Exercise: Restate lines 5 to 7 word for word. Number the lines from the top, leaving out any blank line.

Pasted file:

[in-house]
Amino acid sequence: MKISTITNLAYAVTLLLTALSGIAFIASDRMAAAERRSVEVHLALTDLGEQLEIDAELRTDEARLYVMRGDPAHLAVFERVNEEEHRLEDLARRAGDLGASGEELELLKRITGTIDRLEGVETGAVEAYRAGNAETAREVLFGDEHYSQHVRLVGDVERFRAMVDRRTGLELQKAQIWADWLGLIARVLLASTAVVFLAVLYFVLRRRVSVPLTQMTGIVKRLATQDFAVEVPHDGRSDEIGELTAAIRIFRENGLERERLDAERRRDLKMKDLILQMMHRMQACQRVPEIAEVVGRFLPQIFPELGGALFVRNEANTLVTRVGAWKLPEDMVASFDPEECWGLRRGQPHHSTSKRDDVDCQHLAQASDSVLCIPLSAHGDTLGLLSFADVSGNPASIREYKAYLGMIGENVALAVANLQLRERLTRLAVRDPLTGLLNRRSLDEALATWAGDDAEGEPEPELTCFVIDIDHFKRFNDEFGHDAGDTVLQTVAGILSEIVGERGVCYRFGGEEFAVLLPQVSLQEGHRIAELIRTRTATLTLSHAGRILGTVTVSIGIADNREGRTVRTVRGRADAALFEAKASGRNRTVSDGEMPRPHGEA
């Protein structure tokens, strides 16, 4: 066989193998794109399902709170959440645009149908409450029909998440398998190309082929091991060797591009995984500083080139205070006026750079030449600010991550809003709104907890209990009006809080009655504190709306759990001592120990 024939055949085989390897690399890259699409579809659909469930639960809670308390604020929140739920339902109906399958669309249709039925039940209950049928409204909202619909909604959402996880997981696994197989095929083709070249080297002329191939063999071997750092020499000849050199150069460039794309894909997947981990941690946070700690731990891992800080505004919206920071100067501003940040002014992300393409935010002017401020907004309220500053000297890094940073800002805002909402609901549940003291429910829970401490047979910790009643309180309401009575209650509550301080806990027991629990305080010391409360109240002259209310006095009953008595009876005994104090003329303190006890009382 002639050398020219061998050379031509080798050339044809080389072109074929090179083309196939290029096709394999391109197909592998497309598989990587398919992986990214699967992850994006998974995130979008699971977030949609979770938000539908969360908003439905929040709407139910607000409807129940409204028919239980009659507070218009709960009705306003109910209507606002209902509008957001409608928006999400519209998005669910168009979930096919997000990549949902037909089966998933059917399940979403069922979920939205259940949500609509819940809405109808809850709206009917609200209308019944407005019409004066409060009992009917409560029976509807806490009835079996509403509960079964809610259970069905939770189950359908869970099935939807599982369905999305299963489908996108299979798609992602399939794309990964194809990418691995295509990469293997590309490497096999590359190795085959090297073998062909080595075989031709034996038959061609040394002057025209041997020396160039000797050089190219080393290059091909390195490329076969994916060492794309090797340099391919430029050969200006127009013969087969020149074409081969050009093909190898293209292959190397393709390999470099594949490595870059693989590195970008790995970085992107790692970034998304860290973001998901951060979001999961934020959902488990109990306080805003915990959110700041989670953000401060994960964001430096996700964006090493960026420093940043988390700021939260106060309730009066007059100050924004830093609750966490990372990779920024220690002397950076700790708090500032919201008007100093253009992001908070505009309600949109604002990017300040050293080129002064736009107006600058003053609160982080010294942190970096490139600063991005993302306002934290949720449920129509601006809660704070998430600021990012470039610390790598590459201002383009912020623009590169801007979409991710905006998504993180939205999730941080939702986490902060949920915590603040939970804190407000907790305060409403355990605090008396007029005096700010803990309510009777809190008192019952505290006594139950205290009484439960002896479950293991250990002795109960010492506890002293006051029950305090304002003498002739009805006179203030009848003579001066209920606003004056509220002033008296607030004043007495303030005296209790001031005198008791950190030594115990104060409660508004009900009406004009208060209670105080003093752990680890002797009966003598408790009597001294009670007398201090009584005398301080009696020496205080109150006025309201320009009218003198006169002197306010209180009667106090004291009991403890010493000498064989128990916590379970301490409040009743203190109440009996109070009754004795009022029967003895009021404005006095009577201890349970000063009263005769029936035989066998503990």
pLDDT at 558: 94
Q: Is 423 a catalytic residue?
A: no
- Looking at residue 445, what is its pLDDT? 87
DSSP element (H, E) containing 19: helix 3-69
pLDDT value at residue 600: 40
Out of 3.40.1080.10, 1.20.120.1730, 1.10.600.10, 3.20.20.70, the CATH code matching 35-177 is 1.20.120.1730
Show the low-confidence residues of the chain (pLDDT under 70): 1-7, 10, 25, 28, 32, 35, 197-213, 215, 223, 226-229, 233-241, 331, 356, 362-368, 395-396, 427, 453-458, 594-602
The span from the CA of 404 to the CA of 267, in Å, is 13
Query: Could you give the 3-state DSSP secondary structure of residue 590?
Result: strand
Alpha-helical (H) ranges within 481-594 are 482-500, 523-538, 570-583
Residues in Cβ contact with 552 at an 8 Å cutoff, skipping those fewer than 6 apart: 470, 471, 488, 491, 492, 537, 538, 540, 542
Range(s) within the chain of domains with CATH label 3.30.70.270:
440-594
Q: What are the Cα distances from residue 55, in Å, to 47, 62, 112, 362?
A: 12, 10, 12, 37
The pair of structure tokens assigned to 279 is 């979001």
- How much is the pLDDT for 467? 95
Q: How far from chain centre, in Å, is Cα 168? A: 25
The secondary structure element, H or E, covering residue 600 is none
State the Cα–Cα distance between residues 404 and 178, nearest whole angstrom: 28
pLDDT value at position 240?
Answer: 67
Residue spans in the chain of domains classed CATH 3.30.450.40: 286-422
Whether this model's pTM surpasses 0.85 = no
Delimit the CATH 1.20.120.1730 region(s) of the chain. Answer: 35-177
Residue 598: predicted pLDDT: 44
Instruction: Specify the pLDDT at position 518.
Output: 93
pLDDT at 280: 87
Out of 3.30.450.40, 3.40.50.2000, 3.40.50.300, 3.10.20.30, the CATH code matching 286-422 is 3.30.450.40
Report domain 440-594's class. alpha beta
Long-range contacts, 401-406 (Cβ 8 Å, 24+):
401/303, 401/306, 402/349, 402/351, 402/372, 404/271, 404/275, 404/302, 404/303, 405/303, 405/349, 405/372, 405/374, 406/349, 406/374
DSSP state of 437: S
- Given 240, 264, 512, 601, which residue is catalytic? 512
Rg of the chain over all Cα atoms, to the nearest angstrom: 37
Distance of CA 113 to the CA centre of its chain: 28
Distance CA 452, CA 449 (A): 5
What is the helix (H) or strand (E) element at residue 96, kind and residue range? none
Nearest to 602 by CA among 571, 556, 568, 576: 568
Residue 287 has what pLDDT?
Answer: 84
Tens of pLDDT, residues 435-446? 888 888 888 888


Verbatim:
Q: Is 423 a catalytic residue?
A: no
- Looking at residue 445, what is its pLDDT? 87